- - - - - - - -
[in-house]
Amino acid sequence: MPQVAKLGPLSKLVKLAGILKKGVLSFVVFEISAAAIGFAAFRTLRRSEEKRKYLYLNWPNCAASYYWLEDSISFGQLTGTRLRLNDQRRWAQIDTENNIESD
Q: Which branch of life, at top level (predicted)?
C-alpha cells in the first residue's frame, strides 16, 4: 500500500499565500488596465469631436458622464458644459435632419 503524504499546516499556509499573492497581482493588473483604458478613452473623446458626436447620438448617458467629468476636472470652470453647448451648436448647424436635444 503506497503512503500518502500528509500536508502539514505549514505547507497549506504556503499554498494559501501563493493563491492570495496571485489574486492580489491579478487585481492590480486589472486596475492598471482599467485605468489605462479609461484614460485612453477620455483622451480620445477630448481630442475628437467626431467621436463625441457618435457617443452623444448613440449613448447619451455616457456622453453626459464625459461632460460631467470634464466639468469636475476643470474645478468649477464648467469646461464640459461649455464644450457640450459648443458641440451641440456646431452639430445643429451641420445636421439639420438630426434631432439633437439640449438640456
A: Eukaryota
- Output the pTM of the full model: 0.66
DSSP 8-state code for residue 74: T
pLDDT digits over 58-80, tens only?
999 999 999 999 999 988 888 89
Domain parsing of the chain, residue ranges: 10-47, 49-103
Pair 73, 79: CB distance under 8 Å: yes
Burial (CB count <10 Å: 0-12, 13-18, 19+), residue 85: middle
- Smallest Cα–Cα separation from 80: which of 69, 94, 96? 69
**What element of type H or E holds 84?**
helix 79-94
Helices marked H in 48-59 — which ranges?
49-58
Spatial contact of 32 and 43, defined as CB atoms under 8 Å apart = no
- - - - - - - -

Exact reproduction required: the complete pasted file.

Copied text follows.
[in-house]
Amino acid sequence: MPQVAKLGPLSKLVKLAGILKKGVLSFVVFEISAAAIGFAAFRTLRRSEEKRKYLYLNWPNCAASYYWLEDSISFGQLTGTRLRLNDQRRWAQIDTENNIESD
Q: Which branch of life, at top level (predicted)?
C-alpha cells in the first residue's frame, strides 16, 4: 500500500499565500488596465469631436458622464458644459435632419 503524504499546516499556509499573492497581482493588473483604458478613452473623446458626436447620438448617458467629468476636472470652470453647448451648436448647424436635444 503506497503512503500518502500528509500536508502539514505549514505547507497549506504556503499554498494559501501563493493563491492570495496571485489574486492580489491579478487585481492590480486589472486596475492598471482599467485605468489605462479609461484614460485612453477620455483622451480620445477630448481630442475628437467626431467621436463625441457618435457617443452623444448613440449613448447619451455616457456622453453626459464625459461632460460631467470634464466639468469636475476643470474645478468649477464648467469646461464640459461649455464644450457640450459648443458641440451641440456646431452639430445643429451641420445636421439639420438630426434631432439633437439640449438640456
A: Eukaryota
- Output the pTM of the full model: 0.66
DSSP 8-state code for residue 74: T
pLDDT digits over 58-80, tens only?
999 999 999 999 999 988 888 89
Domain parsing of the chain, residue ranges: 10-47, 49-103
Pair 73, 79: CB distance under 8 Å: yes
Burial (CB count <10 Å: 0-12, 13-18, 19+), residue 85: middle
- Smallest Cα–Cα separation from 80: which of 69, 94, 96? 69
**What element of type H or E holds 84?**
helix 79-94
Helices marked H in 48-59 — which ranges?
49-58
Spatial contact of 32 and 43, defined as CB atoms under 8 Å apart = no